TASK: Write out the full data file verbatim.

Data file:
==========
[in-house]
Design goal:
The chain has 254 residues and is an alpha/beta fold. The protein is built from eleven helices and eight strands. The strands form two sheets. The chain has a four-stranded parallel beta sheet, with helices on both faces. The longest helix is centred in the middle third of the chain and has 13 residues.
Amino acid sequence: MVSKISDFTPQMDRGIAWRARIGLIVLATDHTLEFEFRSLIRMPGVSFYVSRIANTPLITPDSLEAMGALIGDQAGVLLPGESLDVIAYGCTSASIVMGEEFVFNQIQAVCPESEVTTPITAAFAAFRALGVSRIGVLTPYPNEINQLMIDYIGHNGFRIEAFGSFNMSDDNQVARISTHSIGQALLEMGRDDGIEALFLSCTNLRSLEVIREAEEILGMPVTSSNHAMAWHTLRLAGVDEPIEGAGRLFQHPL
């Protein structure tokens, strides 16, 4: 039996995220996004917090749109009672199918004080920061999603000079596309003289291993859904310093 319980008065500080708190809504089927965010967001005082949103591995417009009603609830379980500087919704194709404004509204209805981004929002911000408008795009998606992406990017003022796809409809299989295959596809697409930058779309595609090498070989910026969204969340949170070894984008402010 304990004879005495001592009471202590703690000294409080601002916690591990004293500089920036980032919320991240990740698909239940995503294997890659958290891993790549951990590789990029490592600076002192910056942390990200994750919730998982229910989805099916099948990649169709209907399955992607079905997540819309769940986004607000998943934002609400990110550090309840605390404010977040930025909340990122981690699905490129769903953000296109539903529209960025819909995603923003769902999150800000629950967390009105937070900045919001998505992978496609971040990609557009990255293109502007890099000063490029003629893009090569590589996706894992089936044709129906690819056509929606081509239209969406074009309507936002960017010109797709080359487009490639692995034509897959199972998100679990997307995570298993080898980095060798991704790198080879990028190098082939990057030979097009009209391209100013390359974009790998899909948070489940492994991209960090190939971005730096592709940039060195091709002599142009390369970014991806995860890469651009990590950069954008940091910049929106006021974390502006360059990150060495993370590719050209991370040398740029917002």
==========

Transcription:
[in-house]
Design goal:
The chain has 254 residues and is an alpha/beta fold. The protein is built from eleven helices and eight strands. The strands form two sheets. The chain has a four-stranded parallel beta sheet, with helices on both faces. The longest helix is centred in the middle third of the chain and has 13 residues.
Amino acid sequence: MVSKISDFTPQMDRGIAWRARIGLIVLATDHTLEFEFRSLIRMPGVSFYVSRIANTPLITPDSLEAMGALIGDQAGVLLPGESLDVIAYGCTSASIVMGEEFVFNQIQAVCPESEVTTPITAAFAAFRALGVSRIGVLTPYPNEINQLMIDYIGHNGFRIEAFGSFNMSDDNQVARISTHSIGQALLEMGRDDGIEALFLSCTNLRSLEVIREAEEILGMPVTSSNHAMAWHTLRLAGVDEPIEGAGRLFQHPL
């Protein structure tokens, strides 16, 4: 039996995220996004917090749109009672199918004080920061999603000079596309003289291993859904310093 319980008065500080708190809504089927965010967001005082949103591995417009009603609830379980500087919704194709404004509204209805981004929002911000408008795009998606992406990017003022796809409809299989295959596809697409930058779309595609090498070989910026969204969340949170070894984008402010 304990004879005495001592009471202590703690000294409080601002916690591990004293500089920036980032919320991240990740698909239940995503294997890659958290891993790549951990590789990029490592600076002192910056942390990200994750919730998982229910989805099916099948990649169709209907399955992607079905997540819309769940986004607000998943934002609400990110550090309840605390404010977040930025909340990122981690699905490129769903953000296109539903529209960025819909995603923003769902999150800000629950967390009105937070900045919001998505992978496609971040990609557009990255293109502007890099000063490029003629893009090569590589996706894992089936044709129906690819056509929606081509239209969406074009309507936002960017010109797709080359487009490639692995034509897959199972998100679990997307995570298993080898980095060798991704790198080879990028190098082939990057030979097009009209391209100013390359974009790998899909948070489940492994991209960090190939971005730096592709940039060195091709002599142009390369970014991806995860890469651009990590950069954008940091910049929106006021974390502006360059990150060495993370590719050209991370040398740029917002």